While many eyes turned to the PGA Tour’s first tournament in three months, another significant moment was taking place at historic Sedgefield Country Club in Greensboro, North Carolina.
The American Junior Golf Association hosted 75 junior male golfers last week, initiating a robust tournament schedule as the COVID-19 pandemic continues. While the event had a strong field and a deserving winner in University of North Carolina-bound David Ford, the real story centered around intricate safety protocols in place. After extensive planning alongside golf’s governing bodies and top professional tours, the AJGA implemented measures that could become a playbook for other amateur events.
“We’ve had different organizations call us up to ask exactly what we are doing and we are glad to share our guidelines with them,” said AJGA executive director Stephen Hamblin. “I think as a golf community, that’s something we should all be doing.”
Those guidelines are painstaking and, in many ways, go beyond what viewers watched at the Charles Schwab Challenge on television this past weekend.
There were of course the steps all of us are more than familiar with at this point – staff members wore masks, ample hand sanitizer was available to all, temperatures were taken and social distancing was emphasized throughout the property. But those efforts are just the foundation for what is an aggressive and evolving program.
Players were allowed to arrive just 70 minutes before their tee times, and a two-tee start was eliminated in order to prevent an influx of juniors arriving simultaneously. Flagsticks remained untouched and featured a contraption that allowed players to retrieve their ball without reaching into the hole. Bunker rakes were removed and players used a preferred-lies system. Bottled water was sanitized and distributed by a volunteer wearing mask and gloves, while lunches came boxed.
“We needed to share our protocols with local government, and basically if you follow the procedures you are fine. We go beyond what most of them are requiring."
Scoring also looked different. Players used an app on their smartphones to record scores and then verbally confirmed them without signing a piece of paper.
The protocols, which you can read more about here, were so thorough that some parents thought they may have been too restrictive. Todd Van Paris, father of Jackson Van Paris, praised the AJGA’s overall efforts but wondered whether some areas could be relaxed.
“With the army of volunteers the AJGA has, it would make sense if they could have someone raking bunkers on each hole so the kids don’t have to place it,” Van Paris said. “And we know the scoring will improve as everyone gets used to it, but it’s awkward for players to confirm their scores verbally.”
Hamblin admitted that tournament golf will continue to evolve. The AJGA is communicating with governing bodies of cities across the country, asking them to sign off on safety measures four weeks before each event so travel arrangements can be made. If the coronavirus suddenly worsens in a particular area, it remains possible that a tournament might not be played because local officials will not allow it.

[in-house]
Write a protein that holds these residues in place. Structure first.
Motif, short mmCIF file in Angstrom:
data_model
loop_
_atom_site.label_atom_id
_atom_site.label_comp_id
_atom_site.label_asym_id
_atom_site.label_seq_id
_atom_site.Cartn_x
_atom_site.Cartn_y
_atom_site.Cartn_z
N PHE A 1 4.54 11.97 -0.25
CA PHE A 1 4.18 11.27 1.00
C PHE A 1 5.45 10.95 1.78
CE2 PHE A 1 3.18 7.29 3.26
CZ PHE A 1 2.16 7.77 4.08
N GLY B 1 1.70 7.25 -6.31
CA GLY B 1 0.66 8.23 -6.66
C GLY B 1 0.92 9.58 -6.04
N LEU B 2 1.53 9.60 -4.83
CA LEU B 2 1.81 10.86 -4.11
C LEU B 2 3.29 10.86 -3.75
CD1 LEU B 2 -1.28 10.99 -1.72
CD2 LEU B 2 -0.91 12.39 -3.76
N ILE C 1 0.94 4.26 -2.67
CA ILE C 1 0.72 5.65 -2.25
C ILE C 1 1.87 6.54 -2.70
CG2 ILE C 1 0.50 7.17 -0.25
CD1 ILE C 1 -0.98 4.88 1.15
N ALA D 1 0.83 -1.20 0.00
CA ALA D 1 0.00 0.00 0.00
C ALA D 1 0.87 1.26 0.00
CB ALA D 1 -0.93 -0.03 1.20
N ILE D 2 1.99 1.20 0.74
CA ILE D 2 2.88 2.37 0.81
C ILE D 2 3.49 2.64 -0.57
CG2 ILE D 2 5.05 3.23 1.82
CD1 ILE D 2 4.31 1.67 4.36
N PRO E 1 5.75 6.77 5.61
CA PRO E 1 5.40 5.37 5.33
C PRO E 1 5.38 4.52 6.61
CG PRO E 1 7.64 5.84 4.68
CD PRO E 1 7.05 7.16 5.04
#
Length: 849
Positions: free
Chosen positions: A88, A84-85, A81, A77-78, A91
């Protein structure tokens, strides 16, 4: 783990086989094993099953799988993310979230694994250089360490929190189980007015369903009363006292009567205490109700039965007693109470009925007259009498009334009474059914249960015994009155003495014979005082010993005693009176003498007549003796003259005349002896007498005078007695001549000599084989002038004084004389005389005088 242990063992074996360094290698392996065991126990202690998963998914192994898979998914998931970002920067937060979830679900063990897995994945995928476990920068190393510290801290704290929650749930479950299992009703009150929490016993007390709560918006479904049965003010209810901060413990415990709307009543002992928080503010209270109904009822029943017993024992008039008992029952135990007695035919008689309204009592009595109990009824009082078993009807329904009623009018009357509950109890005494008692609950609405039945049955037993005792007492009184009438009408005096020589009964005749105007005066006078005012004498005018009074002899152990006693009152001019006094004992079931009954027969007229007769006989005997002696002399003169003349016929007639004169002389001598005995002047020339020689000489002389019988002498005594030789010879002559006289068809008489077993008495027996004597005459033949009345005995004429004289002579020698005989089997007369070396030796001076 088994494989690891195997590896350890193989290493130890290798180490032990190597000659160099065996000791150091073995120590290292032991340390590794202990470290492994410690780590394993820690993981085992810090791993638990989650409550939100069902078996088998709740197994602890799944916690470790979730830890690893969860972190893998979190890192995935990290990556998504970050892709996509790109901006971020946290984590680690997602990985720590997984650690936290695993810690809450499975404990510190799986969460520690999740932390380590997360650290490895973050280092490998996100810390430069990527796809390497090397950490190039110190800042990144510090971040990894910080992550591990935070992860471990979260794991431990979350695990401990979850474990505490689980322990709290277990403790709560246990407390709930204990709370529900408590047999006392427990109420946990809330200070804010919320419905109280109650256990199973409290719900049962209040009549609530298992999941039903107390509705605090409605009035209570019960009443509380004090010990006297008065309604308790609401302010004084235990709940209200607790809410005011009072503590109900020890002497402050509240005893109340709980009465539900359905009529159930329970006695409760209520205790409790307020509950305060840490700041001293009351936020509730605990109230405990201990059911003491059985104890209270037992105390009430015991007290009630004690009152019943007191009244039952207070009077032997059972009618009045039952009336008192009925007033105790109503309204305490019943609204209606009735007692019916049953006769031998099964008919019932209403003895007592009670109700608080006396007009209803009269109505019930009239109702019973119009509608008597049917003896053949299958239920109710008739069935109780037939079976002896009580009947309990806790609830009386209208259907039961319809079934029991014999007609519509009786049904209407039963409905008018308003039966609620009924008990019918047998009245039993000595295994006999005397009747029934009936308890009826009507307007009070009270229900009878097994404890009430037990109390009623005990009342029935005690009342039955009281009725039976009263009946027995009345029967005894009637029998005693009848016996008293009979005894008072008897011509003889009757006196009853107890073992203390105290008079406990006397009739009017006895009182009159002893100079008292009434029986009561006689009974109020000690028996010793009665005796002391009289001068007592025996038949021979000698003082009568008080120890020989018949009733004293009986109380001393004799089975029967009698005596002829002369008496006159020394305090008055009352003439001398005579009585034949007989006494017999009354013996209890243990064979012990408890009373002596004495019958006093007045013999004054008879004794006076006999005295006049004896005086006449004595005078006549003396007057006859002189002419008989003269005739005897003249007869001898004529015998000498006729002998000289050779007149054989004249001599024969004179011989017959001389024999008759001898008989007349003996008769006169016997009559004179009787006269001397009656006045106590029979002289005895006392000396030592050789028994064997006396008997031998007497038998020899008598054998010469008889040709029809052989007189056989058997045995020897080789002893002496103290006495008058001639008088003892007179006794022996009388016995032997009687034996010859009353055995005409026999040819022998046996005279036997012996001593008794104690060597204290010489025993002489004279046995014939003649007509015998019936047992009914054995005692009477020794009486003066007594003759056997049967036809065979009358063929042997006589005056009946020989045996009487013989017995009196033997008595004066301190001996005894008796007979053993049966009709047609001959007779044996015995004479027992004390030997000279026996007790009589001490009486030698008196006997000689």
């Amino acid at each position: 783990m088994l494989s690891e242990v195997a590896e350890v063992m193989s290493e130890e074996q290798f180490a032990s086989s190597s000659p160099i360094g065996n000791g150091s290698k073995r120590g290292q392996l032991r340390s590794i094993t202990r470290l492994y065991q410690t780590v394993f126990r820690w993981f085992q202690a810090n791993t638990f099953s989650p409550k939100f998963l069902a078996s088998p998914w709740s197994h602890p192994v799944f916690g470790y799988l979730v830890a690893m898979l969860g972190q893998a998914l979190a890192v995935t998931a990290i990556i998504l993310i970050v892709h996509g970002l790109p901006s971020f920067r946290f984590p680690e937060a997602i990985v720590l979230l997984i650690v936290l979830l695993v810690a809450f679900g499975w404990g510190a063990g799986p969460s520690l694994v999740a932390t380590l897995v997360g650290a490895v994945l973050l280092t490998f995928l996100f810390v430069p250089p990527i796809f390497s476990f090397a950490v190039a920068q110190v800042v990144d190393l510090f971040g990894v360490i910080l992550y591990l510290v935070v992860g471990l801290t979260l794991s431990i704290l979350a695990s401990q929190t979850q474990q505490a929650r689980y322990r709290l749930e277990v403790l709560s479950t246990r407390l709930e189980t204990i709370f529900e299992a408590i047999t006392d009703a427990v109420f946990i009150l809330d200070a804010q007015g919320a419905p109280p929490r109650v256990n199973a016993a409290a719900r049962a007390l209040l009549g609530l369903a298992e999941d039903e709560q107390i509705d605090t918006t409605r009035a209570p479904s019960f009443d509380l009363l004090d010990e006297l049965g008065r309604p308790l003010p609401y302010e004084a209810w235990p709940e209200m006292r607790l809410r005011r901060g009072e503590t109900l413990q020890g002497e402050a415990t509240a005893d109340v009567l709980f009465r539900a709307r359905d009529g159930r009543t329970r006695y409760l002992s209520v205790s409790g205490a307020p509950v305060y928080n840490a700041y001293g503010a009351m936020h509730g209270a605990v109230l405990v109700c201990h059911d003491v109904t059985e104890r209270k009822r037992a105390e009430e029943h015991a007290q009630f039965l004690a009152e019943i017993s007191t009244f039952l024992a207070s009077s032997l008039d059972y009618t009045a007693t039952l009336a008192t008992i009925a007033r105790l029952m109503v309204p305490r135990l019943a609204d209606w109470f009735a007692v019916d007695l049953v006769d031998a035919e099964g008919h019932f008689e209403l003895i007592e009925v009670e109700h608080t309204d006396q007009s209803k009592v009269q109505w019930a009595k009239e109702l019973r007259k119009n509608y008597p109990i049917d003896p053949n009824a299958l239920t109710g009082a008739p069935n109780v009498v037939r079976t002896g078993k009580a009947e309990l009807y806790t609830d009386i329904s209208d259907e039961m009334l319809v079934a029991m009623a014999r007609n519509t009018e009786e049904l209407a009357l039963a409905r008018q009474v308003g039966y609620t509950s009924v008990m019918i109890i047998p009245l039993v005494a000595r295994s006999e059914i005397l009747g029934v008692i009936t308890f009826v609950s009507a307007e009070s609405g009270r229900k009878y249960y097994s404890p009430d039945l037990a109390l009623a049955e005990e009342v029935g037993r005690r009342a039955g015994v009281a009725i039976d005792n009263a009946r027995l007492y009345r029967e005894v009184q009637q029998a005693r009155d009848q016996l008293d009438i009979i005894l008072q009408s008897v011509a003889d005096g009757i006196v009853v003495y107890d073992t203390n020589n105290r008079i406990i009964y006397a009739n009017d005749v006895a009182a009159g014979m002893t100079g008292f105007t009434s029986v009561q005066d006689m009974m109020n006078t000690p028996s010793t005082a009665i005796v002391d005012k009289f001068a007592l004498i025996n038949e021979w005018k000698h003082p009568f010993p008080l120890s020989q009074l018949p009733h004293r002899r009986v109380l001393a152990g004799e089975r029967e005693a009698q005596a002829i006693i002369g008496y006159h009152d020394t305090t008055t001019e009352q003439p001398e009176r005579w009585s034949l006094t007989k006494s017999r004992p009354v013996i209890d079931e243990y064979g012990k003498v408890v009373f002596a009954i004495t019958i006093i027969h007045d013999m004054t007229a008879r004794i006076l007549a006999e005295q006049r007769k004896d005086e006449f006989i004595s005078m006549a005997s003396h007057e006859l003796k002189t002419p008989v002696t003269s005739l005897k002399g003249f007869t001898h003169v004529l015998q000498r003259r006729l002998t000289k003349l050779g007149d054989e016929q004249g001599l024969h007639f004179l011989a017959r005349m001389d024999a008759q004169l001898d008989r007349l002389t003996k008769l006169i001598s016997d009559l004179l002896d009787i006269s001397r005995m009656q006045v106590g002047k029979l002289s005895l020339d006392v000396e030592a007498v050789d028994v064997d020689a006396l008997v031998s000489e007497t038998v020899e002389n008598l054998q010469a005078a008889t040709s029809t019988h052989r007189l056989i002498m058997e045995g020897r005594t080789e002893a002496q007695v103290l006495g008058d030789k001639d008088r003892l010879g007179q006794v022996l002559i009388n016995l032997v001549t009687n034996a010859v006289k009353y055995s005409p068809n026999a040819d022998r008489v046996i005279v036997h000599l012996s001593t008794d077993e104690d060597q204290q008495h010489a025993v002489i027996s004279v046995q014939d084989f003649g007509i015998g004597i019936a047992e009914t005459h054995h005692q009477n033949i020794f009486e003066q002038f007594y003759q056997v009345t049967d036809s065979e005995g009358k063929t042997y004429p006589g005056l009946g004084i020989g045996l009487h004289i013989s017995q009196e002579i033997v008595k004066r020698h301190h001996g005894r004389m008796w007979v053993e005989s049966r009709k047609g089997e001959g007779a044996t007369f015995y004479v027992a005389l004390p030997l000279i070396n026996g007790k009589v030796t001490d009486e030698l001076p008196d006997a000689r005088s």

However, the AJGA’s protocols are largely more comprehensive and protective than local officials mandate. So there is optimism that events can be played and modifications can be reduced in time.
“We needed to share our protocols with local government, and basically if you follow the procedures you are fine,” Hamblin said. “We go beyond what most of them are requiring. How long we will not have rakes in the bunkers or not be touching flagsticks is something we’ll evaluate as we go.
“But even within some counties, the rules are different. There will be some venues that back out at the last minute … we know that is going to happen. We’re hopeful for 102 events, but we realize it may not be perfect.”
At the first tournament at Sedgefield, players deemed some guidelines slightly inconvenient but also fully understandable. More than anything, the juniors just wanted to play tournament golf against elite competition no matter what form the event took.
Ford, who claimed his first AJGA invitational victory with two birdies on his final four holes, said he had been keeping his game sharp in anticipation for the restart.
“I’ve been able to play nothing but golf the last two, three months,” said Ford, who held off the top-ranked junior in the country, Maxwell Maldovian. “I couldn’t hang out with friends and there weren’t many places open besides the course, so golf was pretty much all I was doing. I was playing 36 holes a day for the few weeks leading up to the event.”
He echoed statements by many players interviewed on-site by the AJGA, saying the event ran “beautifully” and no stone was left unturned. He lamented not being able to shake hands with friends he hadn’t seen in a long time, but said there still were opportunities to talk with them while social distancing was in effect.
“They did a really good job of getting player input on things like how to deal with the flagstick,” Ford said. “They had a full staff there, so lots of hands on deck helping out wherever they could, which we all appreciate.”
The next event on the AJGA calendar is the Insperity Invitational/Patrick Reed AJGA Junior Championship, June 22-25 outside Houston, Texas. How the protocol progresses will be a story to watch for the rest of 2020 – not just for players and parents, but for countless tournament organizers across the country who may try to duplicate many of the AJGA’s safety efforts.
Top: AJGA Invitational at Sedgefield winner David Ford